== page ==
Migrants on a Tijuana sidewalk Migrants in Tijuana. zeta tijuana/Jorge Dueñes

Refugees are still humanitarian crisis

More countries should be encouraged to temporarily host Central American refugees

The Central American refugee crisis of unaccompanied children is still with us. This year, an estimated 80,000 people from Central America, mostly children and families, are expected to apply for asylum in the U.S., a 658% increase since 2011.

In spite of massive repatriations and an aggressive media campaign to discourage migration, the U.S. still faces an urgent humanitarian crisis.

The U.S. should work in collaboration with its allies in the region to provide temporary hosting to Central American migrants. Through shared responsibility we can address this humanitarian crisis effectively.

We should expand the number of countries willing to accept eligible families to be hosted temporarily. Costa Rica already hosts up to 200 eligible people for periods of six months – and more countries should follow its shining example.

In addition, we can extend the current security screening program supervised by the Department of Homeland Security (DHS) in Honduras, Guatemala and El Salvador.

Some possible partners to host eligible families include Canada, Mexico, Argentina, Brazil, Chile and Uruguay. They should accept up to 3,000 refugees each.

The U.S. can encourage them through leading by example, expanding its Central American minors program to 9,000. Security screening should be performed by the U.S. Department of Homeland Security in partner countries in collaboration with the U.N. Refugee Agency (UNHCR).

This proposal is clearly beneficial both to the region and to the United States. This temporary hosting program provides time for migrants to pass a security screening process outside their homelands in a safe location, and deters them from a risky journey to the U.S. border. For the United States, it reduces expenses in repatriations, and enhances shared responsibility.

Second, the program will reduce backlogs and costs associated with long detentions of refugee applicants.  This proposal expands the capacity of Homeland Security to address the large number of people who may have legitimate refugee claims, by having more security screening units outside the U.S. and more staff from UNHCR.

Third, security screening becomes a more effective process because it has access to more and better information, as well as resources and technical support from UNHCR and other countries in the region for its implementation.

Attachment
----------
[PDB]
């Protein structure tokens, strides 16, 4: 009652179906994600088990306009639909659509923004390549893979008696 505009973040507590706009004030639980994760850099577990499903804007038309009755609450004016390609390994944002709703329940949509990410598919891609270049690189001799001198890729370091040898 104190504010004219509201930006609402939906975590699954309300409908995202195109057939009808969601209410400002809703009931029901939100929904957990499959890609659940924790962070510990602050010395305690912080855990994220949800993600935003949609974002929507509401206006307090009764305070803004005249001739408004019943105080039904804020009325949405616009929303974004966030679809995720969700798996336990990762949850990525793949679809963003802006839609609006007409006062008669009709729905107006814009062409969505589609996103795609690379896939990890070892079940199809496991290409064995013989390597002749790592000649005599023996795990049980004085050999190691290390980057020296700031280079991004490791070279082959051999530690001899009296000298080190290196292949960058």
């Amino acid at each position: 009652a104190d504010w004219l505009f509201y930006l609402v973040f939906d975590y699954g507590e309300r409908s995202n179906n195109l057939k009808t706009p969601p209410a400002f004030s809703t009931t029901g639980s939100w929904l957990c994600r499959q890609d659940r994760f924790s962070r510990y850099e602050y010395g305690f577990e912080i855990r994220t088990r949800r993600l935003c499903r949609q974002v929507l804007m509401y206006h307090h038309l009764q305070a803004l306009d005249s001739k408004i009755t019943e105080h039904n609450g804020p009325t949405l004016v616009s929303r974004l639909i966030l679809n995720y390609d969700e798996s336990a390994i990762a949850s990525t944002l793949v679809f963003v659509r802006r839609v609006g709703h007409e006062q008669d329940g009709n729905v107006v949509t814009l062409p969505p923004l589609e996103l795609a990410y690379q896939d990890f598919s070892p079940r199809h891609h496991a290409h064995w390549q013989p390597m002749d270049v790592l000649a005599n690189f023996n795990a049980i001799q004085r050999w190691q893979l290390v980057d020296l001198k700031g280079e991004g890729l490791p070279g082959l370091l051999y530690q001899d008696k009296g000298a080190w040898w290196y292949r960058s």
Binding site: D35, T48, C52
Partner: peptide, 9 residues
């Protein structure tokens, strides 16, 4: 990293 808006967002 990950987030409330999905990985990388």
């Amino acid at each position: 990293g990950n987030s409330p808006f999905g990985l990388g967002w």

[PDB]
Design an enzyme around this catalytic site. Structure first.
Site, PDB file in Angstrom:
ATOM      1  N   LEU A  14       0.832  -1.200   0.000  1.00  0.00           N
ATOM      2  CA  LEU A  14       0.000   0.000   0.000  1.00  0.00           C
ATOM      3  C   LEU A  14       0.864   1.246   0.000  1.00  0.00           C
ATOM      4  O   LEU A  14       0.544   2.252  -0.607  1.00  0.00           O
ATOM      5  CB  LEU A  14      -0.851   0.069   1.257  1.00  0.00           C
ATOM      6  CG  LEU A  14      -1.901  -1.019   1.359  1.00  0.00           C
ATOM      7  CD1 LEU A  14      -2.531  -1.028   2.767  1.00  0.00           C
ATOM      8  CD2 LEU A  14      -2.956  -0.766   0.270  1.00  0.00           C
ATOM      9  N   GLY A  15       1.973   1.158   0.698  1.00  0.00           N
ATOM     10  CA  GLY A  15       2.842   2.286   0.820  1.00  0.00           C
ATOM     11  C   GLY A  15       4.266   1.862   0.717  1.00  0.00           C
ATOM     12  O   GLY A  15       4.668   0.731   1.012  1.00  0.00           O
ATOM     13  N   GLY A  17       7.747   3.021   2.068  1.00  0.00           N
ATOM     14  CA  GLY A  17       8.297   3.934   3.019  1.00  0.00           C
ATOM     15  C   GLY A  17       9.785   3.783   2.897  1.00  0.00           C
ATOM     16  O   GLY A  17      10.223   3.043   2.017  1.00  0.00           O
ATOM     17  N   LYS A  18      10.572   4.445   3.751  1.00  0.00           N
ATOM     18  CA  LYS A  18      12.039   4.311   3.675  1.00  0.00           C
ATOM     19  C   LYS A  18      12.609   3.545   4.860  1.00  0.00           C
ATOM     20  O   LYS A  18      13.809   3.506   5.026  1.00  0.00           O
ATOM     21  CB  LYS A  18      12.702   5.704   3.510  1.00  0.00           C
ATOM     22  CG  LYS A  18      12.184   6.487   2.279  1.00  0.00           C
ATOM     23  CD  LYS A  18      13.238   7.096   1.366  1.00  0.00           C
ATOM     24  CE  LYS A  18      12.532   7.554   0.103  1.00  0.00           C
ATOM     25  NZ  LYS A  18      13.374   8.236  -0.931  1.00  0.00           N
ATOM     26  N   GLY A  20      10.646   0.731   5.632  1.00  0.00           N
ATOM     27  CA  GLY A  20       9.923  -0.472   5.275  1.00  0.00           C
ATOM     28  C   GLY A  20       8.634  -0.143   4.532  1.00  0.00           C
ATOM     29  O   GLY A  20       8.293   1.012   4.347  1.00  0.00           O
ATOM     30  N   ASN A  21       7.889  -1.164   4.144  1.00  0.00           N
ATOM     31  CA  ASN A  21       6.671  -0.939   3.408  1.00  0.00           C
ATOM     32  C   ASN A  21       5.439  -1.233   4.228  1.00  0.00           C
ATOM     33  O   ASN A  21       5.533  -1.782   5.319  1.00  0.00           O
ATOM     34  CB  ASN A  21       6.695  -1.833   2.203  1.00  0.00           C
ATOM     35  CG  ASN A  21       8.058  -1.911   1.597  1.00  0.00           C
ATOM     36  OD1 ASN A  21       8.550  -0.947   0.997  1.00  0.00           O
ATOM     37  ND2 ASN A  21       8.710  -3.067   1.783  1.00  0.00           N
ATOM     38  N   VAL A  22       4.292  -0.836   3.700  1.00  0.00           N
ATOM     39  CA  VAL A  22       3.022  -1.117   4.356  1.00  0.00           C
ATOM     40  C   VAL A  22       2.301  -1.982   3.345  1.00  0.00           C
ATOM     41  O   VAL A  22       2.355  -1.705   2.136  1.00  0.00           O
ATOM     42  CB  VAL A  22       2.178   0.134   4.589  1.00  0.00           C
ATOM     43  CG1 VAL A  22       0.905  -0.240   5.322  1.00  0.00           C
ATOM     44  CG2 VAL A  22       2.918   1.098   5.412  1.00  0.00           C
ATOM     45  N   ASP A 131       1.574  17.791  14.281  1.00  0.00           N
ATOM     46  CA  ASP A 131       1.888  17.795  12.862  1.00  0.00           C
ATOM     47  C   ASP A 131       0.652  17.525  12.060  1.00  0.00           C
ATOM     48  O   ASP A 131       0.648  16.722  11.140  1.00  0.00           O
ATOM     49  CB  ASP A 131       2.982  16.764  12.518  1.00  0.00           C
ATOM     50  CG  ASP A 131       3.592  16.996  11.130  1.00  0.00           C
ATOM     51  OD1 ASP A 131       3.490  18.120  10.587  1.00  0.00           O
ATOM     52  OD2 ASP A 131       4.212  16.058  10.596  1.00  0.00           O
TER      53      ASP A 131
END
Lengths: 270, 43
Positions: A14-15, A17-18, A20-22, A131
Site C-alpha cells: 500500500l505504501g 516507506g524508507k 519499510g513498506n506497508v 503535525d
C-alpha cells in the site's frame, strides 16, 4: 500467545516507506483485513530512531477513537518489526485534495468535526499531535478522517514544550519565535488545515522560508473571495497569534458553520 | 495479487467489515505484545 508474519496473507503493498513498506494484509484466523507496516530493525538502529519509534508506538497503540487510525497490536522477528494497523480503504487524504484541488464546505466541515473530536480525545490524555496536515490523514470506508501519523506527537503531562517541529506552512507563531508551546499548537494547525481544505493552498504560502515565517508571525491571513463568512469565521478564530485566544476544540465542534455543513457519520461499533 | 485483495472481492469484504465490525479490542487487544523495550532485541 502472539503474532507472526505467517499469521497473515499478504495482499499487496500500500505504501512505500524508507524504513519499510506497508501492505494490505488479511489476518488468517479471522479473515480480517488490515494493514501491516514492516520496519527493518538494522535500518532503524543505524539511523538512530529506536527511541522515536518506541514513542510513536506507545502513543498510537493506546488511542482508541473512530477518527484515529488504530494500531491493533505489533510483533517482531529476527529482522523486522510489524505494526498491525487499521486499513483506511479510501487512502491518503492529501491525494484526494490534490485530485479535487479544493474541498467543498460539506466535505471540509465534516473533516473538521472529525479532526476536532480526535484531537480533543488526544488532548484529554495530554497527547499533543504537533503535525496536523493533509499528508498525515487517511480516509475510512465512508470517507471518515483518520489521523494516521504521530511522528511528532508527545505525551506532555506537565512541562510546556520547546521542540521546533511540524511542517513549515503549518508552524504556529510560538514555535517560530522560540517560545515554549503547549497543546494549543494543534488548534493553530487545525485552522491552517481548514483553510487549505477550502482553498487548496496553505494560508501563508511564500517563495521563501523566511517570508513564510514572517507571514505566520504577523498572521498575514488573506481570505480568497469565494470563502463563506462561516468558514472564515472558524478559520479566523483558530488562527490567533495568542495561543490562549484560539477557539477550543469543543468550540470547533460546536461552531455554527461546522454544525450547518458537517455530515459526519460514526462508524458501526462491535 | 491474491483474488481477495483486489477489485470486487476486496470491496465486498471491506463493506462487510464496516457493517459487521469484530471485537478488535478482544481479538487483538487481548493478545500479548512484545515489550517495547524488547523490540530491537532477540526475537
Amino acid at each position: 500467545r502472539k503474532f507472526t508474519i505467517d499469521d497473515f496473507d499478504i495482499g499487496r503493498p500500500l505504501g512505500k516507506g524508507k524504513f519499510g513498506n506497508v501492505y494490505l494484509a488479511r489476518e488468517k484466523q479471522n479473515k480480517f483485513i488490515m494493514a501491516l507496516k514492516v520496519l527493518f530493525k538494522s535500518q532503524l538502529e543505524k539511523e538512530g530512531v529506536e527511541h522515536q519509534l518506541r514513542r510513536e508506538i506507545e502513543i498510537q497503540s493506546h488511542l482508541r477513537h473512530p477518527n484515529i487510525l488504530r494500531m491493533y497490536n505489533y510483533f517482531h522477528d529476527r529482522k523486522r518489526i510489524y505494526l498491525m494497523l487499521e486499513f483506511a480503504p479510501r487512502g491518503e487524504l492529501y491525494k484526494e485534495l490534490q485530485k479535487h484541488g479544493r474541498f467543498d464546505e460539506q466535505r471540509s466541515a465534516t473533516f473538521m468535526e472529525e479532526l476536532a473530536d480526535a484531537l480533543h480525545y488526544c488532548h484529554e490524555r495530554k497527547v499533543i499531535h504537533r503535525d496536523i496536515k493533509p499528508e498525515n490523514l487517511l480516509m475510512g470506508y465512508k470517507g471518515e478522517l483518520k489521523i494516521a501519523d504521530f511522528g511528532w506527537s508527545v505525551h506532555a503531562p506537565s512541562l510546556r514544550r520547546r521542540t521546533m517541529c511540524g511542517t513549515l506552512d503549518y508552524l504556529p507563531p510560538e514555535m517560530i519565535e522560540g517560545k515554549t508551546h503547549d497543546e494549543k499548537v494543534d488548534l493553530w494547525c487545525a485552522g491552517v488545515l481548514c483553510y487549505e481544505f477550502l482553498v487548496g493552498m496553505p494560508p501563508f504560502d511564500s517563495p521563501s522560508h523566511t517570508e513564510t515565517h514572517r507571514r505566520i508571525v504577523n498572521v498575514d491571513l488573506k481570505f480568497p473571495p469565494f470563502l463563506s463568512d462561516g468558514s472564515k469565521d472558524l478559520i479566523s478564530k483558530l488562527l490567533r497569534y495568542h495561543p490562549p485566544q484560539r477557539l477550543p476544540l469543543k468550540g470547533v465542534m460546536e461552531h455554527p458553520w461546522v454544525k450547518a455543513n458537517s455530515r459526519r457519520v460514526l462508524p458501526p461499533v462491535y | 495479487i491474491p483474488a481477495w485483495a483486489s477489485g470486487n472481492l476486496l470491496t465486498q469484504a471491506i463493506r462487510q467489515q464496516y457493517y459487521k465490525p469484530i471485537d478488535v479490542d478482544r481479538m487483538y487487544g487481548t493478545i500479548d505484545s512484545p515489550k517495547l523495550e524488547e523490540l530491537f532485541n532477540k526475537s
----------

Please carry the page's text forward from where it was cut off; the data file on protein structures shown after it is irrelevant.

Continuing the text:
The debate during the U.S. election campaign fueled arguments about whether to welcome migrants fleeing violence or to build a wall to keep them out. Some will see the temporary hosting program as an invitation for Central Americans to seek asylum.

But let’s be clear here: we have already repatriated thousands of people and, in joint collaboration with Mexico, increased control of the border between Mexico and Guatemala.

Building a wall will not stop migrants to take a risky journey to the U.S border. Collaborating with our allies in the region in a screening security program brings better, more creative and more effective use of our resources to address a humanitarian crisis.

Some will see temporary hosting of refugee applicants in the region as failing to provide a permanent solution. True, but we should not let a desire for the perfect get in the way of what’s possible.

This temporary hosting proposal offers the most efficient and practical way to address an ongoing humanitarian emergency. We should embrace it, even as we look to longer-term solutions.

We can do more to address the Central American refugee crisis. With shared responsibility, the United States and its allies in the region can provide temporary hosting to Central American migrants to address this urgent humanitarian need.

A future of hope and integration for our region demands collaboration and a humanitarian perspective. A future of hope for our societies in the Americas demands shared responsibility.

Let us not forget that together we are more effective, and together we are stronger.

The writer is a student of public policy at George Washington University in Washington, D.C., and has worked for the Mexican government at the Secretariat of Foreign Affairs and in the office of the president.

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